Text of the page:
This project made use of the online reflection zone that is afforded to students to check with the programme leader that the proposed research question is feasible. The research question was thoroughly described including the ensuing three sub questions with my aims for the project. These initial plans received encouraging feedback with ethical approval.
It was decided that a thorough literature review was required in order to give this project credence. In order to achieve this a wide variety of educational, professional and literary sources were consulted and reviewed. The following literature review made use of many outlets and publications these were consulted to collect information for the literature review. These include;
Books – Accessed through Amazon Books, Google Books, Safari Books and Jstor
Journals – Accessed through Manchester Metropolitan University library, Google Scholar
Websites – Sources accessed originally through searching through Google
This access ensured a broad and thorough examination of key literature in the area. Within the literature review process both quantitative data collected through studies, and qualitative data such as professional opinions were reviewed, to safeguard neutrality.
Ethical hacking otherwise referred to as penetration testing is an ethical way of testing the IT security infrastructure of an entity. Ethical hackers are charged with finding any security vulnerabilites that could be exploited, ethical hackers attempt to imitate attacks and breach networks they are employed to secure. The purpose behind this is to try and diminish external threats from malicious hackers and avoid unauthorised intrusions (Simpson et al., 2010).
Whitaker & Newman (2005) state that ethical hackers work together with organisations primarily as a pre-emptive procedure to prevent intrusions. Unauthorised access by malicious users may result in the loss of data from an entity. This can have profound implications. Stolen data can be resold published or used for further exploitation. This can lead to reputational loss and fines with both leading to financial loss.
Ethical hackers may work in a lone capacity or as part of a team, a common trend is for penetration testers to be employed as external contractors. Often penetration testers are employed as a preventative measure as aforementioned however often penetration testers are employed after an entity becomes aware of a cyber security breach. Penetration testers carry out through network testing and are then charged with writing a thorough report with recommendations to network owners (InfoSec, 2018.)
Ethical hacking is a unique subdivision of the cyber security sector. Although hacking is widely discussed within the media the general public are perceived to not understand the differences between malicious hacking and ethical hacking. The term of “hacking” is often used in the media when disclosing information on the latest cyber security breach of an entity. This tends to give the public a negative outlook around the term of “hacking” and it is important ethical hackers are not tarred with the same brush and the public are able to identify the differences (Collins, 2018).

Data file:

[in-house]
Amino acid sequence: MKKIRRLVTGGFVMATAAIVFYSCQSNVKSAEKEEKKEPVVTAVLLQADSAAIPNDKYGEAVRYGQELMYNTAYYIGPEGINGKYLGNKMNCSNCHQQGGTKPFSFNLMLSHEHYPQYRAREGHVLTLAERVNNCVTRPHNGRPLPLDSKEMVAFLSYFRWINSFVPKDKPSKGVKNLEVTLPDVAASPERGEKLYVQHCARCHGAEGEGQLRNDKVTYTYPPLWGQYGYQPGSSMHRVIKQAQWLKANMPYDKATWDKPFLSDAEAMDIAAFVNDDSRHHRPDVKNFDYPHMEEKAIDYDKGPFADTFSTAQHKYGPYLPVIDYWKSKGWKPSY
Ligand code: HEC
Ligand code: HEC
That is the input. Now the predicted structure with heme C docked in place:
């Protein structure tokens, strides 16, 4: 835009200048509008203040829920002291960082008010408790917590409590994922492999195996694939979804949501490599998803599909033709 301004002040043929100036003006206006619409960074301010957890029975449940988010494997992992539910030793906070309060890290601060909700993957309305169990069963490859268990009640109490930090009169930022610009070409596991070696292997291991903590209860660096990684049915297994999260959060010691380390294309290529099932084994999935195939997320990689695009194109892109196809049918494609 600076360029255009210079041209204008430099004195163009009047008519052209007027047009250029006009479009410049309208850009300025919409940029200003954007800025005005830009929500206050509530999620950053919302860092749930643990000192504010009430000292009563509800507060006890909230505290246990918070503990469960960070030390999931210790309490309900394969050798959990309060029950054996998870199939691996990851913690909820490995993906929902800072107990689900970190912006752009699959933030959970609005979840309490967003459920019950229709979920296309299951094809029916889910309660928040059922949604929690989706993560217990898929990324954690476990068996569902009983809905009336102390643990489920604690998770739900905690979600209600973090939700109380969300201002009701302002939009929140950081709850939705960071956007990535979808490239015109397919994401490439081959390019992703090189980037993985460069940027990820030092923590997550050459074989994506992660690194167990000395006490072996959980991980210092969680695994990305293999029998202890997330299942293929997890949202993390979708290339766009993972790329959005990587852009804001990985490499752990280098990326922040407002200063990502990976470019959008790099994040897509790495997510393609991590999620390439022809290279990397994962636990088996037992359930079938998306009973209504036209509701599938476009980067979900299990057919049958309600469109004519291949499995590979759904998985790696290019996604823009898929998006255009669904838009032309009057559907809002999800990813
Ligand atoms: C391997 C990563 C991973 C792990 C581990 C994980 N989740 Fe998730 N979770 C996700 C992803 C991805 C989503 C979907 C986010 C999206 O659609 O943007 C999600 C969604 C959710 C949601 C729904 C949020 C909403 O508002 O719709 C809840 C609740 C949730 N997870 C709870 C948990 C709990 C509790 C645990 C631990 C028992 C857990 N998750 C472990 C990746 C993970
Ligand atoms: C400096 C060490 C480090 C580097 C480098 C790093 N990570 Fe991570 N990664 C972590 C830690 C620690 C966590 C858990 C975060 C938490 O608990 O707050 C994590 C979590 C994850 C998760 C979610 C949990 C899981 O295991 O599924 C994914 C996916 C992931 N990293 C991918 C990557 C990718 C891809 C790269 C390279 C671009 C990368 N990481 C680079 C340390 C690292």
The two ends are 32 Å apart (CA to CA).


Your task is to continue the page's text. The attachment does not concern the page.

Collins (2018) states that there are far more ethical hackers than hackers and it is important that the general public understand the difference between the two practices. Little research has been carried out to garner the views of the general public in relation to ethical hacking however with most opinions based upon visual verbal and written media public perceptions may be warped.
The public understanding of ethical hackers was further blurred in May 2017 when the much publicised NHS ransomware attack known as “Wannacry” took place. A young ethical hacker by the name of Marcus Hutchins was hailed as a hero when he discovered how the attack could be mitigated. He passed this information on for free and allowed the NHS core services, along with other organisations to begin operations again. This was positive publicity for the ethical hacking community, however shortly after Mr Hutchins was credited with the “Wannacry” fix he was indicted on charges in the USA. Mr Hutchins was accused of creating banking malware by the name of “Kronos” designed to steal banking credentials, he was arrested in August 2017. It is therefore easy to see why the public misunderstand the role of ethical hacking (BBC, 2018).
Professionals working within the computing industry, but not specifically as ethical hackers have a better understanding of the role of an ethical hacker in contrast to the general public. Working within IT environments professionals will have greater fundamental knowledge of security processes and the work that is conducted and produced by ethical hackers. Ethical hackers may work for large companies, governments, security orientated organisations and other IT infrastructures. Ethical hackers are employed to keep their information secure. Employers require ethical hackers to legally penetrate networks to look at the overall network security. Tasked with finding weaknesses, ethical hackers must then present solutions, however it is not up to the ethical hackers to implement these solutions that is down to the individual organisations network engineers (Towers, 2018).
Harris (2017) states “the word hacker fills the business industry with dread”. Paul Harris, who is the managing director of Manchester based cyber security company Secarma, employs over fifty ethical hackers and admits that there is a disparity between the professional view of ethical hackers and the general public. Harris (2017) describes ethical hackers as “a rare commodity” and acknowledges the work of ethical hackers is essential to be able to keep networks secure.
Ethical hackers have first hand experience of the discipline, they are in the best situation to advise on the perception of ethical hacking from their viewpoint. When interviewed in 2016 Jamie Woodruff an ethical hacker from Lancashire, UK gave a personal insight. (Woodruff, 2016) argues strongly about the ethics that are involved within his profession. And raises the point that awareness around ethical hacking needs to be built, ethical hacking Is still largely unknown to the general public.
Tanya Jancer a senior level penetration tester was interviewed in 2018 and stated similarly to Mr Woodruff that the ethics when carrying out penetration testing must be adhered to emphasising confidentiality and agreement with organisations before any testing can take place (Jancer, 2018). It is believed that if the general public were to be educated on the complex and vetted procedure of ethical hacker there may be greater understanding of ethical hacking.
Conclusion of literature